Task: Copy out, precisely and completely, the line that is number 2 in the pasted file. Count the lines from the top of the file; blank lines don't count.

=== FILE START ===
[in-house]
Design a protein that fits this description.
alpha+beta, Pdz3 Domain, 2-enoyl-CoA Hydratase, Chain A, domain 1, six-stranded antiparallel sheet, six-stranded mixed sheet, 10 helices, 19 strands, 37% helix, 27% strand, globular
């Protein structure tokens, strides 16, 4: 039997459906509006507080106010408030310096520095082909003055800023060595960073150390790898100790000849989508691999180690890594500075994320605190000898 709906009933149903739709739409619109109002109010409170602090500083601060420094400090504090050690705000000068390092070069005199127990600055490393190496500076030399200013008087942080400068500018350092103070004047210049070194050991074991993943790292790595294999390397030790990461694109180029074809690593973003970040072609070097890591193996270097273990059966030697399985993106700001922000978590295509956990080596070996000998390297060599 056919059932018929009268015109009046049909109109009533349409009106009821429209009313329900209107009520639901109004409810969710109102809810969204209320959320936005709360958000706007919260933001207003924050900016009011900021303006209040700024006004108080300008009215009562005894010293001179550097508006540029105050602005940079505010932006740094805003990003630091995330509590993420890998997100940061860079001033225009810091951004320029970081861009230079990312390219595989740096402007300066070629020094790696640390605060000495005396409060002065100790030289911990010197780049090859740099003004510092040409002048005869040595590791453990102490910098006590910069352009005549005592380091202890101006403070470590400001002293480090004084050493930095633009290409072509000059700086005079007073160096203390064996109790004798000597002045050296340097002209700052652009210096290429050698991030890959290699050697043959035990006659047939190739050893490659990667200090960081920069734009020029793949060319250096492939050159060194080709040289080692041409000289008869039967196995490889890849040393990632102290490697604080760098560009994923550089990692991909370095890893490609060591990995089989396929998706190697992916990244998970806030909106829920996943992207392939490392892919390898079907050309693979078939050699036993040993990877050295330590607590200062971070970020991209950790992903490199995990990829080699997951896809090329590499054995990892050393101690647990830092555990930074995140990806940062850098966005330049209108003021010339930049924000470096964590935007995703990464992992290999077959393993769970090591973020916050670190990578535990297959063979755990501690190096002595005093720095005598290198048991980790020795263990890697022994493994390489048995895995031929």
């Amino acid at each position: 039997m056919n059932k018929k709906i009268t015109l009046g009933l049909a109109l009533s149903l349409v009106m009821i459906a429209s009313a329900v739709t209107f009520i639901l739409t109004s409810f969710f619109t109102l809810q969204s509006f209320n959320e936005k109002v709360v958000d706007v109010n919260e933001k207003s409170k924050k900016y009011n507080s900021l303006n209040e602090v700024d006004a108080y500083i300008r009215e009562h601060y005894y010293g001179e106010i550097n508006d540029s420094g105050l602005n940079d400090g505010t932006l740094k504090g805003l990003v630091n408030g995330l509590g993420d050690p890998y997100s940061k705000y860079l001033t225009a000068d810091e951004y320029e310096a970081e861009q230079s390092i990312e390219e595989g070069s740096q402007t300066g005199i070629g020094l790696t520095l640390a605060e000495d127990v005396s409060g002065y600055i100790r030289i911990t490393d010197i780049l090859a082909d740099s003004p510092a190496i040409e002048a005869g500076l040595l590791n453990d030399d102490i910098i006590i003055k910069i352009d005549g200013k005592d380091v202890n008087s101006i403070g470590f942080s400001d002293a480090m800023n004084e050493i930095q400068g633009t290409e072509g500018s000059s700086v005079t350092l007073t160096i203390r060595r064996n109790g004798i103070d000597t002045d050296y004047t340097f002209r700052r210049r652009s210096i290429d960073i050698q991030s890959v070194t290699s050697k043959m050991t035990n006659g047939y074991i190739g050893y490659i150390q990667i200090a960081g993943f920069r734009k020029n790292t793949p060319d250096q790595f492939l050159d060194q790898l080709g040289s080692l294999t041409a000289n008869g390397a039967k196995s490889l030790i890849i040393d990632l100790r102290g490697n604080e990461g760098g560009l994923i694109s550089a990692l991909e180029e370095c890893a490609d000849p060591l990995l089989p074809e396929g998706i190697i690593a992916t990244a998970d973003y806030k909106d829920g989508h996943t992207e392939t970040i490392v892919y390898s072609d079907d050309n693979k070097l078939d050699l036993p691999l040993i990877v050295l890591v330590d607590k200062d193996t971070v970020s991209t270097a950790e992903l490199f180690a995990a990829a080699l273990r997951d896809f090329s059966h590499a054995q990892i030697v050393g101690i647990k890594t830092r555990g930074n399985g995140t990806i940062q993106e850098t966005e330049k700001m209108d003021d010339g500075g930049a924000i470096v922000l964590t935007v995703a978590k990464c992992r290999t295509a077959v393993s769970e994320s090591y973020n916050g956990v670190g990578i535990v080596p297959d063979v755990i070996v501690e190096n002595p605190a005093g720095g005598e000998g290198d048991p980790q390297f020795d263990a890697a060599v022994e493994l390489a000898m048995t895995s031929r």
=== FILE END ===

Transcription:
Design a protein that fits this description.